The idea for Stale (www.stale.com) occurred to Radosh, 27, when he saw a quote in just one of the hundreds of articles about the debut of Micro-soft's online magazine saying that Stale happened to be an anagram for Slate. After reading the article, Radosh immediately called his cyber-savvy friend Tritter, 26, to see if Stale was already a registered domain name. When Tritter called Radosh back to report that it was not, the two immediately plunged into their parody.

The art of parody is second nature to Radosh, a freelance journalist who was once a contributor to Spy magazine. And he says that Slate's pompous attitude, which he feels is unjustified by the quality and scope of the publication, made it "ripe for skewering."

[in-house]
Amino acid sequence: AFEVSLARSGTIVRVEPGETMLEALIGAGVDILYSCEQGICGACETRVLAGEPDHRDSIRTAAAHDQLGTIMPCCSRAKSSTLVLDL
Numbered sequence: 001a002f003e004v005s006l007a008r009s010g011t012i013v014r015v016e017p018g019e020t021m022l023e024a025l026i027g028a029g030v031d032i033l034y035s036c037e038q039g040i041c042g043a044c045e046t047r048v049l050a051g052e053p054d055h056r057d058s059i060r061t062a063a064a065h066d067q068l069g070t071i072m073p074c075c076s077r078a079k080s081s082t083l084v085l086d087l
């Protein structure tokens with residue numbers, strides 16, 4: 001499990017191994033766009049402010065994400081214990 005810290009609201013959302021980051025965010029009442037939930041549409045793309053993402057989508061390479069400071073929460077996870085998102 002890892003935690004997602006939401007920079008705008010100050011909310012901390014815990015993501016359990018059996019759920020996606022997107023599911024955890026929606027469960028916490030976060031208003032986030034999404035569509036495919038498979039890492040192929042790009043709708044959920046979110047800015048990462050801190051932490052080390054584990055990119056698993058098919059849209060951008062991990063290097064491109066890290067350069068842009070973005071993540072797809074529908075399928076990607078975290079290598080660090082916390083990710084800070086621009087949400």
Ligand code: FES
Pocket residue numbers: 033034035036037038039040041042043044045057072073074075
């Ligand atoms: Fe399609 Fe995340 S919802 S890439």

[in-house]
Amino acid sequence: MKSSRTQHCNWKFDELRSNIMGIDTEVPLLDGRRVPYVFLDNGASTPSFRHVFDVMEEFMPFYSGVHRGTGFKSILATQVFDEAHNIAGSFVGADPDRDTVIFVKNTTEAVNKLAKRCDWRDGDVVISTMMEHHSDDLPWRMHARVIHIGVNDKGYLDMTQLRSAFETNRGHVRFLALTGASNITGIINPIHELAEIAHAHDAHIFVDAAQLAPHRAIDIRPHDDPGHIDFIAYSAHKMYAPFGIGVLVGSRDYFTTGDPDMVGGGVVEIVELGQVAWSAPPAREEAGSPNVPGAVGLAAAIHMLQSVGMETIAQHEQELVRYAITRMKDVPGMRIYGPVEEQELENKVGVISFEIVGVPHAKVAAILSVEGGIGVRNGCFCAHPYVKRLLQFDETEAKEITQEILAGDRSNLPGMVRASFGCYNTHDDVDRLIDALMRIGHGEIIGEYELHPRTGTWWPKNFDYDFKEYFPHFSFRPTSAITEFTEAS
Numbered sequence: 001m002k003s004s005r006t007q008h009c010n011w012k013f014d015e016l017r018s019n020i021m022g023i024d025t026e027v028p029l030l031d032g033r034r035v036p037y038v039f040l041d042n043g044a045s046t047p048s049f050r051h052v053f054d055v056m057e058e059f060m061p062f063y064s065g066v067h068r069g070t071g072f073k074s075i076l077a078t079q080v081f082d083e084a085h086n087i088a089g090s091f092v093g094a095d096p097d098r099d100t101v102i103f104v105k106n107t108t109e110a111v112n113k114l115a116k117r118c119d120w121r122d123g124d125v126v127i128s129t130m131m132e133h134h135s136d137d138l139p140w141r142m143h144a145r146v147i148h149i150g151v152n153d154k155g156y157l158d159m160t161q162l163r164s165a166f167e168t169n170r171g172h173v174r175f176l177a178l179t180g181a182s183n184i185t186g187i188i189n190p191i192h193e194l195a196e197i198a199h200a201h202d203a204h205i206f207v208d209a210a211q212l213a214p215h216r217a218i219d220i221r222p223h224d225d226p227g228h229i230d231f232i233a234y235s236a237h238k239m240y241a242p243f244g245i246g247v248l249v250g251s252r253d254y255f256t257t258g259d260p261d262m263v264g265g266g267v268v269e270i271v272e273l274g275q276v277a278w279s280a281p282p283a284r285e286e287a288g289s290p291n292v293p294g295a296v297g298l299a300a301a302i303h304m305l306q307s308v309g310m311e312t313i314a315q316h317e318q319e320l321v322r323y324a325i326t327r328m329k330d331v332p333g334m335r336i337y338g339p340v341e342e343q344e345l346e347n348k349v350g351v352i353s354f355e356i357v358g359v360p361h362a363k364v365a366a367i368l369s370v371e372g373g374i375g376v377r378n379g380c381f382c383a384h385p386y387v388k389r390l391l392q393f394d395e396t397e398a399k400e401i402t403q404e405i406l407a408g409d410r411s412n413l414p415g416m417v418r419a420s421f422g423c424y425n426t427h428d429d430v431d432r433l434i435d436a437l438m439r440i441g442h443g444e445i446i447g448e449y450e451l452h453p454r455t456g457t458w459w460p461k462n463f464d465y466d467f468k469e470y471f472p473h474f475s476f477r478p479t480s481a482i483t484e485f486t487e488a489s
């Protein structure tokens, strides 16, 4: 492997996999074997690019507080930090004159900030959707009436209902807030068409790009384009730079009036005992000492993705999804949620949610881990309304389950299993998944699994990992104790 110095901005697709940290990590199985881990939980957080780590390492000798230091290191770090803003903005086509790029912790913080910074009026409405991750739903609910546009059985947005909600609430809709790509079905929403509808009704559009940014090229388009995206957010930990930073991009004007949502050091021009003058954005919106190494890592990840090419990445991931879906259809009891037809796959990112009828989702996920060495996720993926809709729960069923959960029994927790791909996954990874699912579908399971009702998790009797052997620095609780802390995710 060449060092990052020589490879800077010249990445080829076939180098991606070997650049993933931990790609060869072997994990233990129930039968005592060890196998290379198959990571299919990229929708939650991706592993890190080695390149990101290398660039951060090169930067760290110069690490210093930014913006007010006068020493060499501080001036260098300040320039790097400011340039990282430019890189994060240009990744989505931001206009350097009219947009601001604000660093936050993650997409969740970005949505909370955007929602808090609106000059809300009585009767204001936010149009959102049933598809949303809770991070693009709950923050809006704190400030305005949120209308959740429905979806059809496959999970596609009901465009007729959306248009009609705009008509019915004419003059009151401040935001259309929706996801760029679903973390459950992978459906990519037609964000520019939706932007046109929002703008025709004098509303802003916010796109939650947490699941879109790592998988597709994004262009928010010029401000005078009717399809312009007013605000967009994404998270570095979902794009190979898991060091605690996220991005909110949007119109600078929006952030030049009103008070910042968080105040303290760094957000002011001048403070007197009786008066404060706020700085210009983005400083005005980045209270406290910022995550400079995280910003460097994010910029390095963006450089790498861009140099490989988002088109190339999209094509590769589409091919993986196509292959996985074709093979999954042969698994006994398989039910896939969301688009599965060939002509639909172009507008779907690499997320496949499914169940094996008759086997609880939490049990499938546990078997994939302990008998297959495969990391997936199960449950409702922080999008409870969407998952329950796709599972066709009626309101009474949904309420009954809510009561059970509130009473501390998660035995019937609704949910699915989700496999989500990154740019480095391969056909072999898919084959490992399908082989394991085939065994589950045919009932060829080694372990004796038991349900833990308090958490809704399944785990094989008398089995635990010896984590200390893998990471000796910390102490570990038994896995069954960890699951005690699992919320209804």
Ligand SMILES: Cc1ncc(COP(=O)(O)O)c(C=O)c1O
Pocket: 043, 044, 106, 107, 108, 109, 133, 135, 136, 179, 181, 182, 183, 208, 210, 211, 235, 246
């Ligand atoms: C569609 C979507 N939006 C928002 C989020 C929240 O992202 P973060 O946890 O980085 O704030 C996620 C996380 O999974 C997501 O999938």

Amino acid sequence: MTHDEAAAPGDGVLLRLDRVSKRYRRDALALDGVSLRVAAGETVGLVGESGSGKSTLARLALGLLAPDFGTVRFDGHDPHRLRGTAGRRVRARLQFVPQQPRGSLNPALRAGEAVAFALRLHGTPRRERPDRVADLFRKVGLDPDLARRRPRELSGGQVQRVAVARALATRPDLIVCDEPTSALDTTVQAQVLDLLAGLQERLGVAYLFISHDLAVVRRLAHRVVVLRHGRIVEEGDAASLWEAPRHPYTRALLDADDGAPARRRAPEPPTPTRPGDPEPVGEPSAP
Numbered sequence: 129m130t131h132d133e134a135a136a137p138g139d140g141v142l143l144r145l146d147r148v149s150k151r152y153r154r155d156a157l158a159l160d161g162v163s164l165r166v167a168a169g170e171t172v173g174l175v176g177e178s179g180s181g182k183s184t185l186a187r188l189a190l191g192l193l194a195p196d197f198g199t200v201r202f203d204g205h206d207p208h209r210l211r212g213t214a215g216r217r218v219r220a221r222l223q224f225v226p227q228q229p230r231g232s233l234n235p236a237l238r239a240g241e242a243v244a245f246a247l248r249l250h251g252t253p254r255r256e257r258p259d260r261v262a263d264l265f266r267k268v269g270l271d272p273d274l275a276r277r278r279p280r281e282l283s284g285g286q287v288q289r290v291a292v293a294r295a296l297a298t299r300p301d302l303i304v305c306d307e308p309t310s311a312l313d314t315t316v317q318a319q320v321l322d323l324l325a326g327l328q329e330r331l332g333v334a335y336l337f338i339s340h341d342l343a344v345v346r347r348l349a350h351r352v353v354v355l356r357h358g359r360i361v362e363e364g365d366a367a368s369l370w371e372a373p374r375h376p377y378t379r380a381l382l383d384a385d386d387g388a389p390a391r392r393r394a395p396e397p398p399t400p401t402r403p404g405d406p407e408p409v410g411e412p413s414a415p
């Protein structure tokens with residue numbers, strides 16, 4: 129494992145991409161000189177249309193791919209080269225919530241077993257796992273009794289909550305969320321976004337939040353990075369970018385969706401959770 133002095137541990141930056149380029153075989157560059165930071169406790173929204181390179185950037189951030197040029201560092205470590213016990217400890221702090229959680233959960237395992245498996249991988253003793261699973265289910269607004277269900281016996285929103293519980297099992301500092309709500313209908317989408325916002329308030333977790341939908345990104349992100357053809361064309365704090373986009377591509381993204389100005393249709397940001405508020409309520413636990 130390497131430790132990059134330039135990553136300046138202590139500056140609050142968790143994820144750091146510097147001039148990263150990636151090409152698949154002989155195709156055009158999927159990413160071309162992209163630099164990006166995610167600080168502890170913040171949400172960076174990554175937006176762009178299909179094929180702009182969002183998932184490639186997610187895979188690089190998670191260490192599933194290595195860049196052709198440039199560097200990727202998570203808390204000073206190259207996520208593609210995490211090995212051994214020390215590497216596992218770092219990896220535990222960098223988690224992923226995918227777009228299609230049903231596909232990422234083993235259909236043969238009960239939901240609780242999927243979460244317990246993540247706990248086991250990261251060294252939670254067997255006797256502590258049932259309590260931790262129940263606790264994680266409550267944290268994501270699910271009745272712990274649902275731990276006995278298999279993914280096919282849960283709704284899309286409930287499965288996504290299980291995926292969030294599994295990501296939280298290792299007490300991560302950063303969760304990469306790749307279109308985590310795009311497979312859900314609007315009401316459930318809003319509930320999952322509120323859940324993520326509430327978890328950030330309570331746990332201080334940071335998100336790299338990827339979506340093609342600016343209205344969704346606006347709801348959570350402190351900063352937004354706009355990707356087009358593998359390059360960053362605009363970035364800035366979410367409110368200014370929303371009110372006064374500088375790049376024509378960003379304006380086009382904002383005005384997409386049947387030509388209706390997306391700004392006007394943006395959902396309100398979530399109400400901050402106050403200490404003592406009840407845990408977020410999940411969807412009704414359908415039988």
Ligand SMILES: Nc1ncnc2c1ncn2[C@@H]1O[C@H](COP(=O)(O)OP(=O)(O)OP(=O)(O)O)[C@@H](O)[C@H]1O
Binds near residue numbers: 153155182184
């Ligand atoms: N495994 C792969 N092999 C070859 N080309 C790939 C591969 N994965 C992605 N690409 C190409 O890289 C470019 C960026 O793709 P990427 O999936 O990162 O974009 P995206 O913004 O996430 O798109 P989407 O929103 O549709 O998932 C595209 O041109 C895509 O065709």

"It wasn't too hard to put Stale together," Radosh says. "Slate doesn't try to do anything wildly creative with Web technology, because that's not what they're about, so that made it fairly easy to imitate."

In fact, Radosh says the biggest problem he and Tritter encountered while creating their parody was deciding whether to improve on Slate's design, or to sacrifice aesthetics and user-friendliness for the sake of staying true to the original. In the end they opted to stick with what Stale's press release refers to as Slate's "dull, arrogant and technically inept" style.